GOCC commission backs separation of PAGCOR casinos from regulator
THE GOVERNANCE Commission on government-owned and -controlled corporations (GOCCs) or GCG has recommended to the President taking casino operations away from industry regulator Philippine Amusement and Gaming Corp. (PAGCOR).
The commission said in a statement on Wednesday that the recommendation emerged after a review of 12 state-run firms identified to have competitive neutrality issues.
“The Governance Commission has reviewed the mandates of 12 GOCCs in relation to competitive neutrality issues, as part of its commitment to the Philippine Development Plan (PDP) 2017-2022. Among the 12 is the Philippine Amusement and Gaming Corp. (PAGCOR) which the GCG has recommended to President Rodrigo Roa Duterte for separation of commercial and regulatory functions due to its conflicting proprietary activities and regulatory functions,” the GCG said in a statement.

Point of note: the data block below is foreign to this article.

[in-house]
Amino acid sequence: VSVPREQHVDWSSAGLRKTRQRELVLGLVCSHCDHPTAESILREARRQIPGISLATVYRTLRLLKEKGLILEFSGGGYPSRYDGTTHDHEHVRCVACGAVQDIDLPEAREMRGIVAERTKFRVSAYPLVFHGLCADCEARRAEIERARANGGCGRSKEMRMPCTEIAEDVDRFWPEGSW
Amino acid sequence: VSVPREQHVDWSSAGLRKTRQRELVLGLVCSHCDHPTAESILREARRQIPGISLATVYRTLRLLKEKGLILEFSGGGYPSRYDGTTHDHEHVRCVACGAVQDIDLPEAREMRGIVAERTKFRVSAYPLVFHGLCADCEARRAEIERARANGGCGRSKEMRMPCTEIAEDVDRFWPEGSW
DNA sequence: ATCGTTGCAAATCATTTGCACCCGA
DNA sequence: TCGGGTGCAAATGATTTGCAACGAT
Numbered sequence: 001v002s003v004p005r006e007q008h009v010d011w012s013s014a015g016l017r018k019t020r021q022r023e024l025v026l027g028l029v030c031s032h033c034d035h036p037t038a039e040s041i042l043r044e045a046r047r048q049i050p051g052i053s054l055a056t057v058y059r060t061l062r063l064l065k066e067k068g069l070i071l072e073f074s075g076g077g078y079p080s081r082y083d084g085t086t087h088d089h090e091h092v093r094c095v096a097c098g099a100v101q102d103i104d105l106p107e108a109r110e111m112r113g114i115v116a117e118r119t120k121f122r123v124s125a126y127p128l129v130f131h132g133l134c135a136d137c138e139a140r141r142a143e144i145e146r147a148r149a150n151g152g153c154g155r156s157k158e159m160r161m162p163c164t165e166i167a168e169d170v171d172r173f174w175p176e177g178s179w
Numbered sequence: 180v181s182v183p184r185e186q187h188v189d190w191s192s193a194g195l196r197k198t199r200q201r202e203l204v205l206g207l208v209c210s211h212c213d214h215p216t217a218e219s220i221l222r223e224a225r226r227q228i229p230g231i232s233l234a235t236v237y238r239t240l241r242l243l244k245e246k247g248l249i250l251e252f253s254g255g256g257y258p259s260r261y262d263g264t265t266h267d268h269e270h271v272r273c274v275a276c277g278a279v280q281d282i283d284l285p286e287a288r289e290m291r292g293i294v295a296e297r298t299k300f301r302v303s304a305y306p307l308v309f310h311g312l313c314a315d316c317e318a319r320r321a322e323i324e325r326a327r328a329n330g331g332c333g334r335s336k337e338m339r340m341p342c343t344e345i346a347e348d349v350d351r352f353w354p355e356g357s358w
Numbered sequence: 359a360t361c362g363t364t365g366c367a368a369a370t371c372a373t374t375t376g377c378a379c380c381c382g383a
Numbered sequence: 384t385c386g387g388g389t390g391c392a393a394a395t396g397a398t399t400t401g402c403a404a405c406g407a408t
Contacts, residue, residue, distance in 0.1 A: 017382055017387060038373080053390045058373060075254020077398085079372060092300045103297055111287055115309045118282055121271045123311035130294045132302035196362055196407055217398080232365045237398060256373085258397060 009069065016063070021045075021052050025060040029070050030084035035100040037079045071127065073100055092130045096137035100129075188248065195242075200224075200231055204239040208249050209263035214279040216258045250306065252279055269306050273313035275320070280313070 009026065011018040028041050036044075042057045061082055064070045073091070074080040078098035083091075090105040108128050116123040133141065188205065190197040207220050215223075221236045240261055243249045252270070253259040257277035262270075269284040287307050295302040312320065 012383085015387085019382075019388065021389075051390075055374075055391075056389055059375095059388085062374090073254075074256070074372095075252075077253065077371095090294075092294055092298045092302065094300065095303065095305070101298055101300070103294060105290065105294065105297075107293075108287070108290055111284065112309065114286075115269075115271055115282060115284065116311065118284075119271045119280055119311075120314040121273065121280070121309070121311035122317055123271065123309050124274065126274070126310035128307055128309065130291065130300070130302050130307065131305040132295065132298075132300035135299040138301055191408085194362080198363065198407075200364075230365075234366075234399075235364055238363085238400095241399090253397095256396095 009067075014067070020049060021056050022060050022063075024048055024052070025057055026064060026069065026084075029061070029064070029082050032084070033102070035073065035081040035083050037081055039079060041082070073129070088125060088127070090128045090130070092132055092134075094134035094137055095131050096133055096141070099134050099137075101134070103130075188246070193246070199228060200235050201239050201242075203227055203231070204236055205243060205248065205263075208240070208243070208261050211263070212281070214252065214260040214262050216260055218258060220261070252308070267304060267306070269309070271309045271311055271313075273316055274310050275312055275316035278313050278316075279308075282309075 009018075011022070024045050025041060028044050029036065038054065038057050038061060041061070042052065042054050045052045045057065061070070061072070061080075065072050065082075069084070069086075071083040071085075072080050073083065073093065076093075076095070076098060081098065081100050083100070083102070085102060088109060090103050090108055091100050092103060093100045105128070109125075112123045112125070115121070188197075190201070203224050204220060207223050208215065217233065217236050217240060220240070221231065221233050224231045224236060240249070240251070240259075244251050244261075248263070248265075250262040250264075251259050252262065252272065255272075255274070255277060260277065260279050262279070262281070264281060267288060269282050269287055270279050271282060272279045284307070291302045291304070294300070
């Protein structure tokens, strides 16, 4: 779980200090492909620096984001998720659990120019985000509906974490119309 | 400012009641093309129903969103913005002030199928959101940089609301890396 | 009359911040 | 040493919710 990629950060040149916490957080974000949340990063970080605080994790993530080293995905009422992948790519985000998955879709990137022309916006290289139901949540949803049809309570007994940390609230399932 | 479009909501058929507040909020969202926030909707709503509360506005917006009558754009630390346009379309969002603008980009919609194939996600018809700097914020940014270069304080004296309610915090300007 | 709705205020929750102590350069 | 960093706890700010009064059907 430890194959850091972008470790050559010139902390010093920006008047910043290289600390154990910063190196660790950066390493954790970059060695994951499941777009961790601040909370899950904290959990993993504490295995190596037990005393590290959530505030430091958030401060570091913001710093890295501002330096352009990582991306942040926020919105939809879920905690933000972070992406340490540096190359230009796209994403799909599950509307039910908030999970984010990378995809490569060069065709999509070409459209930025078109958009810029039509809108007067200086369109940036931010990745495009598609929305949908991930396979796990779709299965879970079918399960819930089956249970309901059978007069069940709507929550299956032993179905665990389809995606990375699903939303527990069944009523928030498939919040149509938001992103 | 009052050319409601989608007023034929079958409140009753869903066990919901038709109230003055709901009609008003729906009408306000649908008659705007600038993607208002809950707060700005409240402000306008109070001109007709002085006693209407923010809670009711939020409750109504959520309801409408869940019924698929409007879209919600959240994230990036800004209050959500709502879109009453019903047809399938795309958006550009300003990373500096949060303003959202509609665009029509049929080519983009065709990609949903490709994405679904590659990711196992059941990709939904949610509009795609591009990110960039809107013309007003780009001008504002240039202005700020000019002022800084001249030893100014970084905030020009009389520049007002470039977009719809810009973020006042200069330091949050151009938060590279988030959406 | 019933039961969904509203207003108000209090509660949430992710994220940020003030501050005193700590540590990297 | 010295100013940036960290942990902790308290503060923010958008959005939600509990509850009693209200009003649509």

Finance Secretary Carlos G. Dominguez III said in October that a sub-group will be created under the Privatization Management Office to draft a privatization plan for PAGCOR’s casinos.
He has said that he plans to put the casinos up for auction this year.
“The Governance Commission will be working closely with the Philippine Competition Commission (PCC), the National Economic and Development Authority (NEDA), the Department of Justice (DoJ), and the Department Trade and Industry (DTI) to review the mandates of GOCCs, and recommend and initiate privatization or transfer of regulatory functions to the appropriate government agency,” it added.
The GOCC said that there should be a “level playing field” between state-run firms and their counterparts in the private sector.
The commission oversees 123 operating GOCCs.
Socioeconomic Planning Secretary Ernesto M. Pernia has also noted conflicts in the regulatory and commercial functions of the National Food Authority (NFA) and the Philippine Ports Authority (PPA).
Republic Act No. 10149 or the GOCC Governance Act of 2011, authorizes the GCG to recommend to the President “dispositive action,” when competitive neutrality conflicts arise. — Elijah Joseph C. Tubayan